oldnovice

7487 posts in 3784 days


#11 posted 07-26-2018 05:54 PM



Check out Timbermate s selection. Their different wood colors can be blended to match. In my experience, their Maple filler is pretty darned close.

- Gene Howe

I have to agree, I have used Timbermate for quite a few years and found it excellent in all my applications. Color mixing/ matching couldn’t be easier, water based mean’s easy cleanup, virtually no waste, and long shelf life.
One important note, it is water based so water based finishes will soften and/or remove the filler.

-- "I never met a board I didn't like!"

View nickbatz's profile

nickbatz

238 posts in 497 days


#12 posted 07-26-2018 06:04 PM


Why do you reject the “dust and glue ” idea? If you use white glue and sanding dust (Sawdust is way to coarse) you will get the best match you will ever find.

- Jim Finn

For the OP. You indicate that you need the filler because the chipped off piece isn’t square. It might be better to spend some time working on the chipped area to square up the edges so that there is little or no void requiring filling. That would give a much nicer repair in my opinion.

- Kazooman

Jim Finn, yes, I meant sanding dust. The reason I reject it is that I haven’t been satisfied with the results! It may be my fault, but it’s always been kinda rough. I think it’s because of the way it goes on – even after sanding, the surface doesn’t blend into the surrounding wood the way filler does.

Kazooman, yes, I worked on it with a chisel to make it as square as practical, but there are limits to what I can do. The filled-in edge of the plug will be < 1/16” at the widest part, so it’s just the edge. I don’t expect it to look like there’s nothing there, but I don’t want to call attention to it by framing the plug with a color that’s not quite right!

Maybe I’ll try the sanding dust/glue technique first, then cover that up if necessary.

View nickbatz's profile

nickbatz

238 posts in 497 days


#13 posted 07-26-2018 06:04 PM

Thanks for al the replies, by the way. Much appreciated.

View JayT's profile

JayT

6226 posts in 2628 days


#14 posted 07-26-2018 06:12 PM

A technique I use for small gaps is to hand sand the area, letting the sanding dust fill the gaps. Then, when they are full of dust, hit them with thin CA glue. Wait for the glue to dry and sand off the excess. The glue soaks into the dust, sands off easily and leaves a perfect match. Depending on how deep the void is, it might take two or three times to get a good fill.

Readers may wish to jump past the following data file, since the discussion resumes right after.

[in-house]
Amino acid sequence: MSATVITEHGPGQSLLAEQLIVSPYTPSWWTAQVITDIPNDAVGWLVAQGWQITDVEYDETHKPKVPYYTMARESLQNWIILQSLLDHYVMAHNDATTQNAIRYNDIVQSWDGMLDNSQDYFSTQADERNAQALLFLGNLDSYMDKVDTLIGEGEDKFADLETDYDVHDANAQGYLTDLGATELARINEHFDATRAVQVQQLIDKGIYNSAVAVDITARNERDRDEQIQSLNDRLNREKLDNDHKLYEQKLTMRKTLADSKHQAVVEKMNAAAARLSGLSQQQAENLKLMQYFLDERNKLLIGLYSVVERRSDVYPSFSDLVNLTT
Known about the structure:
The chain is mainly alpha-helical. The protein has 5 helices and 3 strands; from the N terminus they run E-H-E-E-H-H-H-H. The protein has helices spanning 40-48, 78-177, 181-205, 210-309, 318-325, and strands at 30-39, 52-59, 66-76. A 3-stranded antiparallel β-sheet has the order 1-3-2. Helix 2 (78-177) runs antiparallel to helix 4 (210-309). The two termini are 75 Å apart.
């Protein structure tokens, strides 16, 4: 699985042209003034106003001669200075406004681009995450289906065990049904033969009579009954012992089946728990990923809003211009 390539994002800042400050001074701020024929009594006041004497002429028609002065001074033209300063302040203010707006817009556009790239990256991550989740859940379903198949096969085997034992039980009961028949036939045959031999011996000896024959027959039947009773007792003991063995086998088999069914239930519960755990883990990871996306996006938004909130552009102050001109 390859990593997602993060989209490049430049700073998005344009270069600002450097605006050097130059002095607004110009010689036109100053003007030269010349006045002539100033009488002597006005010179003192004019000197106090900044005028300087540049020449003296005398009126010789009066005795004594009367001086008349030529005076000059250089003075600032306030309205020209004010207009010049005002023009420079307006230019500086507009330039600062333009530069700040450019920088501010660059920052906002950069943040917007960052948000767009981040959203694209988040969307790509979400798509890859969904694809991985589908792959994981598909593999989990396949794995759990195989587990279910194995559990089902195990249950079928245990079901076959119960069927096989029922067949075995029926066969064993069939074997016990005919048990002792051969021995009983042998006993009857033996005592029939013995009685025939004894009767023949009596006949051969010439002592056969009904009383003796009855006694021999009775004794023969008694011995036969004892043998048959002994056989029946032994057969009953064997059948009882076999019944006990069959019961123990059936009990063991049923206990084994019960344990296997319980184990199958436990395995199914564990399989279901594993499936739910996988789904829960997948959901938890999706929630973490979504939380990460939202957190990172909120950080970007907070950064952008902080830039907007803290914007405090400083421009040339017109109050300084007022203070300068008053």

I’ve had much better luck with this technique than premixing wood glue and sawdust. It’s less messy and doesn’t show under clear finishes (or no finish) near as bad.

-- https://www.jtplaneworks.com - In theory, there is no difference between theory and practice. In practice, there is.

View Jim Finn's profile

Jim Finn

2710 posts in 3338 days


#15 posted 07-26-2018 09:03 PM


Why do you reject the “dust and glue ” idea? If you use white glue and sanding dust (Sawdust is way to coarse) you will get the best match you will ever find.

- Jim Finn

For the OP. You indicate that you need the filler because the chipped off piece isn’t square. It might be better to spend some time working on the chipped area to square up the edges so that there is little or no void requiring filling. That would give a much nicer repair in my opinion.

- Kazooman

Jim Finn, yes, I meant sanding dust. The reason I reject it is that I haven t been satisfied with the results! It may be my fault, but it s always been kinda rough. I think it s because of the way it goes on – even after sanding, the surface doesn t blend into the surrounding wood the way filler does.

Kazooman, yes, I worked on it with a chisel to make it as square as practical, but there are limits to what I can do. The filled-in edge of the plug will be < 1/16” at the widest part, so it s just the edge. I don t expect it to look like there s nothing there, but I don t want to call attention to it by framing the plug with a color that s not quite right!

Maybe I ll try the sanding dust/glue technique first, then cover that up if necessary.

- nickbatz

Using white glue and applying to void using an old gift card as a squeegee it will come out fine and not glossy. May take more than one application.

-- No PHD just a DD214